Japan’s Ruling Party Thrown by PM’s Unexpected Call for Talks on Imperial Succession


Prime Minister Fumio Kishida’s recent unexpected call to expedite discussions on measures to ensure a stable Imperial succession in future years has caused confusion among Liberal Democratic Party members.

Kishida, who is also party president, did not consult with senior party members before making the remarks, and previously stalled discussions on the issue have yet to gather momentum.

Lack of progress

Speaking at an LDP party convention on Feb. 26, Kishida said, “Formulating measures to ensure a stable Imperial succession is an issue we can’t put off, so I intend to push ahead with discussions at the Diet.”

In January last year, the government submitted to the Diet a report compiled by a panel of experts that proposed two measures. One suggestion was to allow female members to remain part of the Imperial family even after marriage, and the other was to use adoption to restore Imperial status to members of former Imperial family lines.

House of Representatives Speaker Hiroyuki Hosoda has left the matter up to the parties to discuss, but the LDP has held only one “roundtable meeting” — chaired by Vice President Taro Aso — and talks have made no progress over the past year.

Observers say Kishida’s recent remarks were likely intended to break the current deadlock. But one senior LDP member opined, “The prime minister’s comments were totally unexpected, and he gave no specific instructions.”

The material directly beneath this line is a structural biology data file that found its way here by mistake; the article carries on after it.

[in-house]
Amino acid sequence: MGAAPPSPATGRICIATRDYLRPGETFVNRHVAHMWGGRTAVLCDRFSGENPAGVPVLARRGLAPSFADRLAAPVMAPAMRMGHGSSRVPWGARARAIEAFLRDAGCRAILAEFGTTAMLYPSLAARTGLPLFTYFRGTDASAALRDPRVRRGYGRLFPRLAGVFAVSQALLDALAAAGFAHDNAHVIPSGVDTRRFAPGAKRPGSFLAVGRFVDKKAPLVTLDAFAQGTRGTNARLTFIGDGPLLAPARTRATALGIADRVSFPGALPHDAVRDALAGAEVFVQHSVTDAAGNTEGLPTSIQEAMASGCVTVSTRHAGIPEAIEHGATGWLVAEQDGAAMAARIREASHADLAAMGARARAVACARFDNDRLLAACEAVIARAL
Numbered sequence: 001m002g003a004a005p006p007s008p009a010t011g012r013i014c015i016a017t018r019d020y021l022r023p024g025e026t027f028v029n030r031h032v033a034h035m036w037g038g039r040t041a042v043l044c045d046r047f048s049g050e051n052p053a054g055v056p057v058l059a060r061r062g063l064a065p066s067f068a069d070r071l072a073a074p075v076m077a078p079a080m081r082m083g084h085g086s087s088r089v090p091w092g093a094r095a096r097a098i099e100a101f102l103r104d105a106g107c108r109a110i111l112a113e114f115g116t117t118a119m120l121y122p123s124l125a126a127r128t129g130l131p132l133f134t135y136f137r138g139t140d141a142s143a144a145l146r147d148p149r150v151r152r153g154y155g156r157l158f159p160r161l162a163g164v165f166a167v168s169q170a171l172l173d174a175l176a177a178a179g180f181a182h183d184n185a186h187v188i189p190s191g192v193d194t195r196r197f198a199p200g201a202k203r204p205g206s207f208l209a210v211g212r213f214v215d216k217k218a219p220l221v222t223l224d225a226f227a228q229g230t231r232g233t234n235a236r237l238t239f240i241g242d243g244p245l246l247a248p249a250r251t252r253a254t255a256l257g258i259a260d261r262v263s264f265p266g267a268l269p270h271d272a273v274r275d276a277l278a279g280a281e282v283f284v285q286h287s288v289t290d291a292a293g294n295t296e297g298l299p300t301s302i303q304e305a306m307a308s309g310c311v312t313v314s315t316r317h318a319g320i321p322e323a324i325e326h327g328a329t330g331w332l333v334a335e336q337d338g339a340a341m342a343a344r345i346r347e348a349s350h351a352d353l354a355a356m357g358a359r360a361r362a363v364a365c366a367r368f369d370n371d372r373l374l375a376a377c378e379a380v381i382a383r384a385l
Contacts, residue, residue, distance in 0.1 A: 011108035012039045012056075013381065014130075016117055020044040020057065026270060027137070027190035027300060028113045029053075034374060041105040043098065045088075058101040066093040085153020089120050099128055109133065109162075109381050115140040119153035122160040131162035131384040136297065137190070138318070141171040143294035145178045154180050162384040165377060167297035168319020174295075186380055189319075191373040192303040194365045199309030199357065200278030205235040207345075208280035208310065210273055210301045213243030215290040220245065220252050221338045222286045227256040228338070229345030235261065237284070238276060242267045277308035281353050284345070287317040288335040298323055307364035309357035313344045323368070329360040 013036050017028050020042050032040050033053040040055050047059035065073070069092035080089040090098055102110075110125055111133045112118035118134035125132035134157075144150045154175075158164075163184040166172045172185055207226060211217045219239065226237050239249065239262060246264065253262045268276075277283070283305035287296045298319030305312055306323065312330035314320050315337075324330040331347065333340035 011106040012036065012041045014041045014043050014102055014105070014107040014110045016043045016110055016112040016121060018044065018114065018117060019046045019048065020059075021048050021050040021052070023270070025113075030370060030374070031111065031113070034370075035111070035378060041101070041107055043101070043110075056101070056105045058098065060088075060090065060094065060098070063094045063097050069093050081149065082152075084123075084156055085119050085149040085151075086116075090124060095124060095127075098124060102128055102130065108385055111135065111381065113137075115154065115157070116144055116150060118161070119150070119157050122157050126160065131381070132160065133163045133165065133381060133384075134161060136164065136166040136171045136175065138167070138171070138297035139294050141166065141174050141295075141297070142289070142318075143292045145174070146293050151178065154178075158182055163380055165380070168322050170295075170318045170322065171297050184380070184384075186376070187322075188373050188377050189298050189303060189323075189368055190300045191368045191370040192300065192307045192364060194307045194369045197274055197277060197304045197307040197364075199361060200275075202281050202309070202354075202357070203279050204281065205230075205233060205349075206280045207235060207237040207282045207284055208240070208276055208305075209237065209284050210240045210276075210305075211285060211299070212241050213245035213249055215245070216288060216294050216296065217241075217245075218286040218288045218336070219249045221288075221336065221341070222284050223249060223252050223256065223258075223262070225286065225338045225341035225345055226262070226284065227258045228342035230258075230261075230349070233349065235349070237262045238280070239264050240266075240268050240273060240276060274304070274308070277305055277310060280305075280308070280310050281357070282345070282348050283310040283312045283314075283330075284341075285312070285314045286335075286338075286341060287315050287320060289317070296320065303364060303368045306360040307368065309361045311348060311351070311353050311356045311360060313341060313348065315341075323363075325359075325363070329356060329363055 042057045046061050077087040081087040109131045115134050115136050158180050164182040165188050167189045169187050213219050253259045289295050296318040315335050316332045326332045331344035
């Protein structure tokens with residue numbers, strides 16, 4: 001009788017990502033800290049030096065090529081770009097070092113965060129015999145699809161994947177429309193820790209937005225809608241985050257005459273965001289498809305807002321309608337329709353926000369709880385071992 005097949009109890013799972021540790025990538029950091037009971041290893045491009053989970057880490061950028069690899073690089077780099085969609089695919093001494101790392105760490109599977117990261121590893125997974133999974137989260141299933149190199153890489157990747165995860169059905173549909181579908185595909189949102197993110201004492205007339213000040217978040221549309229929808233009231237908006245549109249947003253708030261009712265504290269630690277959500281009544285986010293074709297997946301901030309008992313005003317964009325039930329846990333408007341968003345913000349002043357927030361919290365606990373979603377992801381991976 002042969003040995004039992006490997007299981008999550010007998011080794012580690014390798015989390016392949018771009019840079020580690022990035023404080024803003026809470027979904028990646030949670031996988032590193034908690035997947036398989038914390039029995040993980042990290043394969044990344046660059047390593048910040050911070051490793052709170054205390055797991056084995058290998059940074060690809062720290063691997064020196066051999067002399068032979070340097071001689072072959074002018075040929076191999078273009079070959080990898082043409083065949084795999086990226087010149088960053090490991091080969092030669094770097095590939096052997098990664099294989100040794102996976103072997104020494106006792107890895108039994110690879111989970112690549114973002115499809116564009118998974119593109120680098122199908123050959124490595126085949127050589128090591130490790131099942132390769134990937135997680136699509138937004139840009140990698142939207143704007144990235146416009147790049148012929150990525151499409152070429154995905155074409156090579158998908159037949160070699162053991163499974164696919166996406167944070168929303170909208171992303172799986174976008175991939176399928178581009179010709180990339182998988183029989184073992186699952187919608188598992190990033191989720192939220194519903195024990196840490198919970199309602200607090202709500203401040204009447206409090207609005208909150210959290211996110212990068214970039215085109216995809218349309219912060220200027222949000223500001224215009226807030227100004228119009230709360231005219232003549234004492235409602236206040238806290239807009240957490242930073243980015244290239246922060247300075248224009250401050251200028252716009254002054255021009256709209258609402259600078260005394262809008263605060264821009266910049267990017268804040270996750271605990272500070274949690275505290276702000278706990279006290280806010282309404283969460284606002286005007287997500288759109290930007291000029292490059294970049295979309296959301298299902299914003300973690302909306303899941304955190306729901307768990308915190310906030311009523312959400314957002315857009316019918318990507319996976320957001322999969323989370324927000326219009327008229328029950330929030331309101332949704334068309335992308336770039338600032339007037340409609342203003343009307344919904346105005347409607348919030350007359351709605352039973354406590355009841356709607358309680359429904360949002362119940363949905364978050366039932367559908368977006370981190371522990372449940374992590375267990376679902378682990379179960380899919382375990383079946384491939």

For talks to move forward, issues must be addressed such as allowing a female member of the Imperial family or a female member of an Imperial lineage maternal bloodline to become an emperor, or allowing female members to create Imperial family branches. However, conservative members of the party strongly oppose such ideas.

Furthermore, the majority of LDP members are keen to avoid any discussions that could divide the party, especially with local elections looming in April.

Parties stalled

Discussions have also stalled among other parties.

Komeito held a study committee meeting in February last year but got no further than hearing relevant explanations from the government side.

The Constitutional Democratic Party of Japan (CDPJ) also established a study committee — headed by former Prime Minister Yoshihiko Noda — in January last year. But views within the party remain divided and no consolidated opinion has emerged. At a press conference on Friday, party leader Kenta Izumi expressed reluctance to share the party’s views, adding, “The LDP should create an environment for discussing the issue.”

The Democratic Party for the People also established a party forum for discussions last year but has yet to reach any conclusions on the issue.

Nippon Ishin (Japan Innovation Party) has been the most proactive of the parties. Last April, Ishin submitted to the Diet a written opinion evaluating a proposal to reinstate male members of the former Imperial families, while also calling for a revision of the Imperial House Law. At a press conference on Feb. 28, Ishin party head Nobuyuki Baba said: “Other parties have put the issue on the back burner. It’s high time to start discussions.”

The Japan News

Asia News Network

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